The way that the counseling helped me was incredibly simple yet incredibly powerful. I would tell the therapist things that I had done and he would react to my stories. I perceived him as a personification of society, and I perceived his reactions as society's reactions. I constantly noticed that where my reaction was to beat myself up, the therapist never seemed to think that beating myself up was what was needed. It didn't even enter his mind. How unlike my family and my way of looking at things! Somehow I was able to internalize the therapists more constructive, supportive attitude. I can still spend a weekend or more in bed because some frustration or problem gets to me, but I am not struggling with great pain or a great desire to do myself in. I still also have to fight against reacting to the smallest frustration by indulging in my many addictions. But to the extent that depression is pain and agony and makes one want to die, that has completely vanished for me.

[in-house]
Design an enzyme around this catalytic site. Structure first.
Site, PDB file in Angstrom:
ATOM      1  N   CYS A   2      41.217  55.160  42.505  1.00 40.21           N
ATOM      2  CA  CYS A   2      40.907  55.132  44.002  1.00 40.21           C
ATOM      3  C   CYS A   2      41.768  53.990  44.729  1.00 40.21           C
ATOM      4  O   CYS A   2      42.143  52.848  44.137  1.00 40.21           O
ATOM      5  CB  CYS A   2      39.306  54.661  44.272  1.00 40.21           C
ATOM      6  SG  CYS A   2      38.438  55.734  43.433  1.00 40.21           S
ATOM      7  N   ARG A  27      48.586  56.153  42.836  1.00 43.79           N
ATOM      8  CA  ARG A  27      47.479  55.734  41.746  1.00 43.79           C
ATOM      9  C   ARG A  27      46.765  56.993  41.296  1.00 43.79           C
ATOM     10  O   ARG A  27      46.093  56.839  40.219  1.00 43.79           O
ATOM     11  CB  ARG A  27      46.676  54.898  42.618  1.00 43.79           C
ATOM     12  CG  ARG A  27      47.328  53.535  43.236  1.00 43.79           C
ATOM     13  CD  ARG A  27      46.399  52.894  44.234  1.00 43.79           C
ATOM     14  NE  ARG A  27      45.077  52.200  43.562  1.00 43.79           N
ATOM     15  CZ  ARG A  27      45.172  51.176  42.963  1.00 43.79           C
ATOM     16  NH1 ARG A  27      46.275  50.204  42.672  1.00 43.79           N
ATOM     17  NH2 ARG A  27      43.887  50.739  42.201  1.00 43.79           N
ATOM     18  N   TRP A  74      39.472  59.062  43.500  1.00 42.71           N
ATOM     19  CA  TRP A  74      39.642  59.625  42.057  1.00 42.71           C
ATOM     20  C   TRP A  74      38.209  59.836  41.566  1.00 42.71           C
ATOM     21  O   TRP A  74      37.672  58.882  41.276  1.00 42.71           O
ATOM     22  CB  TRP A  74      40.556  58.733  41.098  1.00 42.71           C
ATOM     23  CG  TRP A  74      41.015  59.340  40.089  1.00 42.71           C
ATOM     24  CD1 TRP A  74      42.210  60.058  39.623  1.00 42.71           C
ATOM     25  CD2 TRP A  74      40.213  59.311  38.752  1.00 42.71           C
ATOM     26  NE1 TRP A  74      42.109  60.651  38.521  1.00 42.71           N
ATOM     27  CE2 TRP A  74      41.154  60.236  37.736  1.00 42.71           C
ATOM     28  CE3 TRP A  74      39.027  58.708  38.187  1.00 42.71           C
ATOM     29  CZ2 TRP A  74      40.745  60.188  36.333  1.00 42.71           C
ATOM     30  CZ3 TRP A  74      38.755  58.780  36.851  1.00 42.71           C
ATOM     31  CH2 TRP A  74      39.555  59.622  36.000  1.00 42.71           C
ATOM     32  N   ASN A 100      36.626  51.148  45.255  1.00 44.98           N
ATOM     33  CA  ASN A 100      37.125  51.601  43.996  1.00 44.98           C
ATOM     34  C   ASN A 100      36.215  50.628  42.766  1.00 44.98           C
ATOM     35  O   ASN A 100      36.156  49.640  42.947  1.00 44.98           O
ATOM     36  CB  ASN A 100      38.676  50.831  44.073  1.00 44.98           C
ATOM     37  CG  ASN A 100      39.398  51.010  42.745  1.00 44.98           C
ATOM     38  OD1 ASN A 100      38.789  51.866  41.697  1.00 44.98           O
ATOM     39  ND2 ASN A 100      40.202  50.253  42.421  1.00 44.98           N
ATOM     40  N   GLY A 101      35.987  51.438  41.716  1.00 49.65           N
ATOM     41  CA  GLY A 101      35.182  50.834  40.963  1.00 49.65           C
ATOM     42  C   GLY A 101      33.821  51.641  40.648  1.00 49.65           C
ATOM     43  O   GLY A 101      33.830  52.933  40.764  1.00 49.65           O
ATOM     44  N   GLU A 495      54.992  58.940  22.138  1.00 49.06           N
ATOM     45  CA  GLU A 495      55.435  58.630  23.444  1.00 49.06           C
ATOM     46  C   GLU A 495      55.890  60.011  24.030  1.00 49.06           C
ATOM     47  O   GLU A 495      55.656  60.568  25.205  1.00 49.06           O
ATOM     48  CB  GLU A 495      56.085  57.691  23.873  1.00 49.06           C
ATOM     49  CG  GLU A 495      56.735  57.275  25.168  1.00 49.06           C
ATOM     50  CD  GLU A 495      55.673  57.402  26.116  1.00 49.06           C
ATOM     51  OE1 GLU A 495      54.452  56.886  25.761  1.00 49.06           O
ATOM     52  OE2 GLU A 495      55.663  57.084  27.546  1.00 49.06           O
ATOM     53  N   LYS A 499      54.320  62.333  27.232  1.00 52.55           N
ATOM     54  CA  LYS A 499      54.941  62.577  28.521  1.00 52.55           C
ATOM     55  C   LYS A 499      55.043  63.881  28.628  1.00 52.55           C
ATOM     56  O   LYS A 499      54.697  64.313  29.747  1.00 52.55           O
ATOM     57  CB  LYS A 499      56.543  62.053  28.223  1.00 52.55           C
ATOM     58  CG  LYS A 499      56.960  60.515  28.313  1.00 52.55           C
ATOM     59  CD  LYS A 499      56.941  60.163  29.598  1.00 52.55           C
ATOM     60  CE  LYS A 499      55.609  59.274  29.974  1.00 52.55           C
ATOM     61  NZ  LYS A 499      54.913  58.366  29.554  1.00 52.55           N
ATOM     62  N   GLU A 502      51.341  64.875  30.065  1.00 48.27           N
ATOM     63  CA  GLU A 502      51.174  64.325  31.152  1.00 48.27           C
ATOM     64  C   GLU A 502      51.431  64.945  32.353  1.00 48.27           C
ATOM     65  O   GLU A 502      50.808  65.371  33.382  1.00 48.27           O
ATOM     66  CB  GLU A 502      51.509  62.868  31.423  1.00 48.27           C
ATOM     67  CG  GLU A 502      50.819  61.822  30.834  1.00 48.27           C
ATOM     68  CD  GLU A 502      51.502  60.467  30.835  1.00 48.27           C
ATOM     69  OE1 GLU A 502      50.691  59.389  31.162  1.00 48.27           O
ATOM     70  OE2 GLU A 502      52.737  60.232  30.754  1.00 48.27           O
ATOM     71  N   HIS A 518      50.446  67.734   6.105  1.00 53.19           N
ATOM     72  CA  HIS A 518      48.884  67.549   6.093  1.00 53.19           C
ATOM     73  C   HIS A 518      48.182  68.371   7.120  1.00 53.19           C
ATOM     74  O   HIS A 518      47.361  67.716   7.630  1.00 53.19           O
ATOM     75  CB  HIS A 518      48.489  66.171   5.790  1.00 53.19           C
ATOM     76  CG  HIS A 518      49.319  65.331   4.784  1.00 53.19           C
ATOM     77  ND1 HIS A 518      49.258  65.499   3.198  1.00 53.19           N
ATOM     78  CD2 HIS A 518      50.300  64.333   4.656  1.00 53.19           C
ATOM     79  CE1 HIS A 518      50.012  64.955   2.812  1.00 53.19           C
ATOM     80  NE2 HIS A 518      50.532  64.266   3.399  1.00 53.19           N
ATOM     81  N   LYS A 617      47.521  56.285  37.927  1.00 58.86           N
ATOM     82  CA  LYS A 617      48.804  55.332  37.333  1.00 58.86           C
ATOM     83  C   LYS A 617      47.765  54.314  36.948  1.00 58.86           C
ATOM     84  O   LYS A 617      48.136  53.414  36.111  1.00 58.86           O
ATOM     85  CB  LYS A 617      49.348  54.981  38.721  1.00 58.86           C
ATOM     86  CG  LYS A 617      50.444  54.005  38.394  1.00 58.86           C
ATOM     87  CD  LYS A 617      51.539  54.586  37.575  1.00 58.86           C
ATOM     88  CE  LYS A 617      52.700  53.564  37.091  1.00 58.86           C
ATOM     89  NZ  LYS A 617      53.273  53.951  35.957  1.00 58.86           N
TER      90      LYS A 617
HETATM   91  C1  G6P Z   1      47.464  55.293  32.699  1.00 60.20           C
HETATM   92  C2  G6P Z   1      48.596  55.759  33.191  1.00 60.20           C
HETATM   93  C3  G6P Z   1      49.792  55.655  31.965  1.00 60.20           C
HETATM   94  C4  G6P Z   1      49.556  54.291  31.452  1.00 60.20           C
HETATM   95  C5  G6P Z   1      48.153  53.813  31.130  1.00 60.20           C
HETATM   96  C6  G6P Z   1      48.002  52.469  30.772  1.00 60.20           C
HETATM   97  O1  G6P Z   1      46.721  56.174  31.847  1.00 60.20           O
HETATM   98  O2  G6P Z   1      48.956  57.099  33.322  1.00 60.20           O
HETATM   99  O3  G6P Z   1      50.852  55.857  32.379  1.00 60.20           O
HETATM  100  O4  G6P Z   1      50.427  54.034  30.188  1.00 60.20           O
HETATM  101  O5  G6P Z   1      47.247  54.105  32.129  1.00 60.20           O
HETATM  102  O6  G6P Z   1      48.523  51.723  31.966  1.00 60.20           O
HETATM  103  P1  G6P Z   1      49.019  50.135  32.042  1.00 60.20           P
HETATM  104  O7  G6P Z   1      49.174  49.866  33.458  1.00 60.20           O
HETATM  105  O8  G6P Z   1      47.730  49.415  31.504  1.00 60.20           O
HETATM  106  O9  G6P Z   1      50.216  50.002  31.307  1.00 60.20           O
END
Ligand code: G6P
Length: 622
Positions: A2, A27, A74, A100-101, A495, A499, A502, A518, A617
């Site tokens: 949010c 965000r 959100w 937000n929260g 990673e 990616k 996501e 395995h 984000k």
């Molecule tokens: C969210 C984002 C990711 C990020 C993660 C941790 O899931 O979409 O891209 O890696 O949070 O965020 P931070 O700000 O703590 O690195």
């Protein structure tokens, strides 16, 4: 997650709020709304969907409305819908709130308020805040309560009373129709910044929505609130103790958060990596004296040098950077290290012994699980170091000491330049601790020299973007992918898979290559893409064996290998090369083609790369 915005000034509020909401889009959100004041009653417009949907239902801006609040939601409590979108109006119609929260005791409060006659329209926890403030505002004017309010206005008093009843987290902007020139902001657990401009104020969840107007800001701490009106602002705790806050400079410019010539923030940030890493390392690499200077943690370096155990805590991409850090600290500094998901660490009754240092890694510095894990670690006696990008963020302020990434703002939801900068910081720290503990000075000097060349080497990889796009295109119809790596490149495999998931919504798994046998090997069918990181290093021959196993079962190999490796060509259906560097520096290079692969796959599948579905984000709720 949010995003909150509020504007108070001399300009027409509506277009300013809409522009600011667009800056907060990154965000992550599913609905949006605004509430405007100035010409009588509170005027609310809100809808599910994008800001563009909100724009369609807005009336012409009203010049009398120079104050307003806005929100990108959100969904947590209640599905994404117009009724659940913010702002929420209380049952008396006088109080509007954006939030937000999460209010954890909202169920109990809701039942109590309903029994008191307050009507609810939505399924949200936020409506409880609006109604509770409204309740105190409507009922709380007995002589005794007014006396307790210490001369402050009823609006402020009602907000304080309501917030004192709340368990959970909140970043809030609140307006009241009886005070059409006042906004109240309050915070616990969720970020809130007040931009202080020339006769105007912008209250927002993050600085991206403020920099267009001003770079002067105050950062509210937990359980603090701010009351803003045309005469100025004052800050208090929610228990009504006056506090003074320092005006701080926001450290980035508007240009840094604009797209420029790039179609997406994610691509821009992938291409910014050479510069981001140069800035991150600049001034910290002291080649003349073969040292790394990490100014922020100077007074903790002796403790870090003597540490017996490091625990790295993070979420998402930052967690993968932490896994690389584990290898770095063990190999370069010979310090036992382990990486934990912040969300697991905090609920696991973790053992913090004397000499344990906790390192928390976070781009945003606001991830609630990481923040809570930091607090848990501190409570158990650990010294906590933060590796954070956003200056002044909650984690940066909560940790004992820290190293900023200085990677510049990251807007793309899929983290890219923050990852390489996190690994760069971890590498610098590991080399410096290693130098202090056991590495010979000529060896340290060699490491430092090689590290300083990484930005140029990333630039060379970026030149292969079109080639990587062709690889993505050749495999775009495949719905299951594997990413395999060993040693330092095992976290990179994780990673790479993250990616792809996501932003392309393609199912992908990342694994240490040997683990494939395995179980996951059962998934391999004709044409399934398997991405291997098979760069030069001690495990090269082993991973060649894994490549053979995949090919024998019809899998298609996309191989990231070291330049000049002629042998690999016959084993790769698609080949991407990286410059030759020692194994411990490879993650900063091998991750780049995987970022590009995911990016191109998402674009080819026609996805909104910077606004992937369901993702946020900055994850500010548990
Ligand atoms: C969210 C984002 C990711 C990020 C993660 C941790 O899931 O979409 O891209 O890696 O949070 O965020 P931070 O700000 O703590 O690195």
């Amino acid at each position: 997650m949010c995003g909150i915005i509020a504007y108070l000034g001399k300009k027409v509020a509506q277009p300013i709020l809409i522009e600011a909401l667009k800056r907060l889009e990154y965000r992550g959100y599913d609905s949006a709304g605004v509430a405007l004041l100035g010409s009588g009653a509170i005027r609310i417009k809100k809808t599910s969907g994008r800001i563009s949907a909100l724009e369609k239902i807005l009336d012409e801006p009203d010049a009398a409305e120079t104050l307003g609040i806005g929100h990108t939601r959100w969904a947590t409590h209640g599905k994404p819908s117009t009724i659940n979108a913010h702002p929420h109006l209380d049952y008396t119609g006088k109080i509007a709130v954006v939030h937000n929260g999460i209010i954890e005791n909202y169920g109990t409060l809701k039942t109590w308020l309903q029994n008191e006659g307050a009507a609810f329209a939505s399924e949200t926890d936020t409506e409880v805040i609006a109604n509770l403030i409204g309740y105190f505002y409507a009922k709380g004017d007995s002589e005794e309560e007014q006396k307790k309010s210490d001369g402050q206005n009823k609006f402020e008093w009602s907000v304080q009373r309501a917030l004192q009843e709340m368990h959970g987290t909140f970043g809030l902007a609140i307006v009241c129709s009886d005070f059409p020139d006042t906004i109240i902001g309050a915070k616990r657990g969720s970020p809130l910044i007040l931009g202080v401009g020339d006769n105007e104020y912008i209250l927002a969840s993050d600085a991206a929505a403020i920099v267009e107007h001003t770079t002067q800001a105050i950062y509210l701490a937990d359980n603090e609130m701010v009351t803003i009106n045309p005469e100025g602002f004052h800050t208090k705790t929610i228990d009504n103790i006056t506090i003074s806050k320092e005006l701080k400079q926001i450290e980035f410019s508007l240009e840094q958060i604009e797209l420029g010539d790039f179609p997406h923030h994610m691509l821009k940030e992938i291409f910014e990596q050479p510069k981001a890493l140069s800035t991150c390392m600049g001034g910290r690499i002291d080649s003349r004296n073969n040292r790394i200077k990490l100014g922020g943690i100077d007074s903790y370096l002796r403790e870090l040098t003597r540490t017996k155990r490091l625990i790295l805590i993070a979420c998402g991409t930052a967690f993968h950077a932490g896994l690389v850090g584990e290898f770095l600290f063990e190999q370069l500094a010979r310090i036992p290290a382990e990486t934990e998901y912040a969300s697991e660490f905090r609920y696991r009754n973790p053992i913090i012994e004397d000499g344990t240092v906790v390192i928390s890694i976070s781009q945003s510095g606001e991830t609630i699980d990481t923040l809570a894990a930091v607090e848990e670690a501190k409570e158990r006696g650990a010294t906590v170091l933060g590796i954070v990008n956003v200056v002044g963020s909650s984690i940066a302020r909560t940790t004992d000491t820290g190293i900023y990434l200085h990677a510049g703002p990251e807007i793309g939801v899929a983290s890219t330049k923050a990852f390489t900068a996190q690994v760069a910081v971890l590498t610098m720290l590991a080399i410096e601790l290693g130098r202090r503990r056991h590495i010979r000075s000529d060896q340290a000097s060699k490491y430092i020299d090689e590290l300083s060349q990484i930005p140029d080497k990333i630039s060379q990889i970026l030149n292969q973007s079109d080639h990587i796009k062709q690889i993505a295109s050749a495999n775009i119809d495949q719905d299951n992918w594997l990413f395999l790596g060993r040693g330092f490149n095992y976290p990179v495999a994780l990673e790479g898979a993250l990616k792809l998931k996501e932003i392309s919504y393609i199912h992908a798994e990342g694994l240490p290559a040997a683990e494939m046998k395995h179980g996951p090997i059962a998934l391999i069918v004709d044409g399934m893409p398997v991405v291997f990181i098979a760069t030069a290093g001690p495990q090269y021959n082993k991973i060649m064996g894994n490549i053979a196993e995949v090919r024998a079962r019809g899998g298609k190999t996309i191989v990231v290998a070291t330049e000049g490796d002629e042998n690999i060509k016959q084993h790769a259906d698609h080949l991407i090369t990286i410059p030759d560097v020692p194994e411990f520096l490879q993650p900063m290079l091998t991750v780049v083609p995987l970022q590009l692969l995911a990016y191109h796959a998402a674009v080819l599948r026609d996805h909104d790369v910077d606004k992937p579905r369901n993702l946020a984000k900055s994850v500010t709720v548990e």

I've always felt that it was the combination of the drugs and the therapy that freed me from that horror. I resent Prozac because I believe it caused permanent sexual damage, but I often wonder if the same rewiring that freed me from depression has left me with the sexual side affects and perhaps a loss of creativity. For me, sexual side effects and creativity are a small price to pay to be alive without depression. Not that those are not precious things. But I often wonder if just the Wellbutrin alone could have done it. Wellbutrin felt like a placebo.
I wonder if I would have gone back to being depressed had Prozac or Wellbutrin been as difficult to get off of as Effexor.
It sounds like you the one in a million with severe chronic depression in which talk therapy actually worked.